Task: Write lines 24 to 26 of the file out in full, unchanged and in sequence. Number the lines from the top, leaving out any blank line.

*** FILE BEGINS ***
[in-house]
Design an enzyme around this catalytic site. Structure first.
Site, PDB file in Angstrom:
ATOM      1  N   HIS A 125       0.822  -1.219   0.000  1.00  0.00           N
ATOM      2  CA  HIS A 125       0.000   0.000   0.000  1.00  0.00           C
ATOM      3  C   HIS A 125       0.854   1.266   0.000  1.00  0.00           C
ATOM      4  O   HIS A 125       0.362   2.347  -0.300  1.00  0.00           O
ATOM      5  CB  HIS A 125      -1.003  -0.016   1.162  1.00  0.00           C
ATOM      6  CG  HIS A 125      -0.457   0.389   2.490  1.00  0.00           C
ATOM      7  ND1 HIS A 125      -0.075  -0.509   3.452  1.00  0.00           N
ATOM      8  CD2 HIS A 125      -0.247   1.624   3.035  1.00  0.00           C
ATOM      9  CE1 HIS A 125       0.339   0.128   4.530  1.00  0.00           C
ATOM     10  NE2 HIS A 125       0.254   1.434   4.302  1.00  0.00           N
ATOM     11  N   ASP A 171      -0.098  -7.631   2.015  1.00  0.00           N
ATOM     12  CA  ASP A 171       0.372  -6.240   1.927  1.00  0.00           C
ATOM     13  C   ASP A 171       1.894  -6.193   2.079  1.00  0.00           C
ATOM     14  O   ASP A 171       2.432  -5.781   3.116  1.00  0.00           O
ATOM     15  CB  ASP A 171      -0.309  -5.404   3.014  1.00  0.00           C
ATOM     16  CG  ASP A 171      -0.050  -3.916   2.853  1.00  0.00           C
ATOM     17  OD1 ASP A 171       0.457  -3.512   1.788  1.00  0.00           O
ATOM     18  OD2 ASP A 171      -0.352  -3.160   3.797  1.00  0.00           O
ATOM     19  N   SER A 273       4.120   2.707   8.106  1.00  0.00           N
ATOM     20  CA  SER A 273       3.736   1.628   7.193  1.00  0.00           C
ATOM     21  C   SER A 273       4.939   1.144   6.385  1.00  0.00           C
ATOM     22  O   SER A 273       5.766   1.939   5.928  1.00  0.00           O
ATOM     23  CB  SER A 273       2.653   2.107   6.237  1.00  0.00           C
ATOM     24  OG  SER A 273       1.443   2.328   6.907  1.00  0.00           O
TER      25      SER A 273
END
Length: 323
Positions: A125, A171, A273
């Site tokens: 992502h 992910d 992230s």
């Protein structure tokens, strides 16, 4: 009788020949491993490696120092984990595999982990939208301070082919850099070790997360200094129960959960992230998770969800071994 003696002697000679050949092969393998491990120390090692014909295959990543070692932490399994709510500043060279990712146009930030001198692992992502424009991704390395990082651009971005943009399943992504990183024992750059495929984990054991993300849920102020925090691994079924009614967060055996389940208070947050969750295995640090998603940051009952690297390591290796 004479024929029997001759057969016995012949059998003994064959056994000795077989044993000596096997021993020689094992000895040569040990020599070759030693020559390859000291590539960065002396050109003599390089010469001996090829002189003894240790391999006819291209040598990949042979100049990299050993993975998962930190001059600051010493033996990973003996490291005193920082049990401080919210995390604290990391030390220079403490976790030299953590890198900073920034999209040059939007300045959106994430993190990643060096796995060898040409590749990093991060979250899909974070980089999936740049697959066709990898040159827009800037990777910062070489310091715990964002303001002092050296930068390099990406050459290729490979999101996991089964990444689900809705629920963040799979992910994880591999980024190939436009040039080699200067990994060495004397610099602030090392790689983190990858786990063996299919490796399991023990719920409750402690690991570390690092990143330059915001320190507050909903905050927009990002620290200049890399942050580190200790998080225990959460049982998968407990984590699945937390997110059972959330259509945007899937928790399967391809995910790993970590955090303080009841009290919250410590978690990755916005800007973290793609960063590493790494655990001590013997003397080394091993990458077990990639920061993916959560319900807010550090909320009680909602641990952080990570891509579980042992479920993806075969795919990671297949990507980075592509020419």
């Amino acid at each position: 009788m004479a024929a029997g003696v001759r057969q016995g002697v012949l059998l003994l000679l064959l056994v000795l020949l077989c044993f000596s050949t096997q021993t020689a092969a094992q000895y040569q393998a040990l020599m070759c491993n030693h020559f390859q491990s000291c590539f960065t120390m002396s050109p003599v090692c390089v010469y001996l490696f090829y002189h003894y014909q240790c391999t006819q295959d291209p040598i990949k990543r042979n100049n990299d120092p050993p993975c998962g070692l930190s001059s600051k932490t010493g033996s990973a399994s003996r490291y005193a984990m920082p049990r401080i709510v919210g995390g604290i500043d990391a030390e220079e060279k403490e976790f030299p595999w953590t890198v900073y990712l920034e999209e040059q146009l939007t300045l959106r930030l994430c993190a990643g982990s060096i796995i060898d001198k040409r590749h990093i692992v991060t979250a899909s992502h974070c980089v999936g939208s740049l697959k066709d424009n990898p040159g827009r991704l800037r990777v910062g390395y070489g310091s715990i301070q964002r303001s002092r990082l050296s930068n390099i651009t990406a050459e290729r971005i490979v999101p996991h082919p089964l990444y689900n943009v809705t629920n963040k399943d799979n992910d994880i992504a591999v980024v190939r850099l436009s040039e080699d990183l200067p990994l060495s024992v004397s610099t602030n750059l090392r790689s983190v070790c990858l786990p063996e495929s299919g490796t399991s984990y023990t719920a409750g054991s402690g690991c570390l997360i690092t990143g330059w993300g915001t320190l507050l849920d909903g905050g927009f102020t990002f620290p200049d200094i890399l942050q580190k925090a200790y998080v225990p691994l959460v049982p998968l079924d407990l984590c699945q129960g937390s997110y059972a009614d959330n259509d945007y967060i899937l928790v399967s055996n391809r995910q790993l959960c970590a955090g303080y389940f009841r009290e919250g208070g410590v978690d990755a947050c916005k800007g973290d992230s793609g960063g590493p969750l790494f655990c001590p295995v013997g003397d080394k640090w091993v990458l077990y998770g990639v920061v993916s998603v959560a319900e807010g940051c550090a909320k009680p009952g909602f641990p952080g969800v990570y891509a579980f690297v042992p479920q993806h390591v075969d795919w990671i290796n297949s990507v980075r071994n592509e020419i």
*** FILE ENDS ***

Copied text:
ATOM     21  C   SER A 273       4.939   1.144   6.385  1.00  0.00           C
ATOM     22  O   SER A 273       5.766   1.939   5.928  1.00  0.00           O
ATOM     23  CB  SER A 273       2.653   2.107   6.237  1.00  0.00           C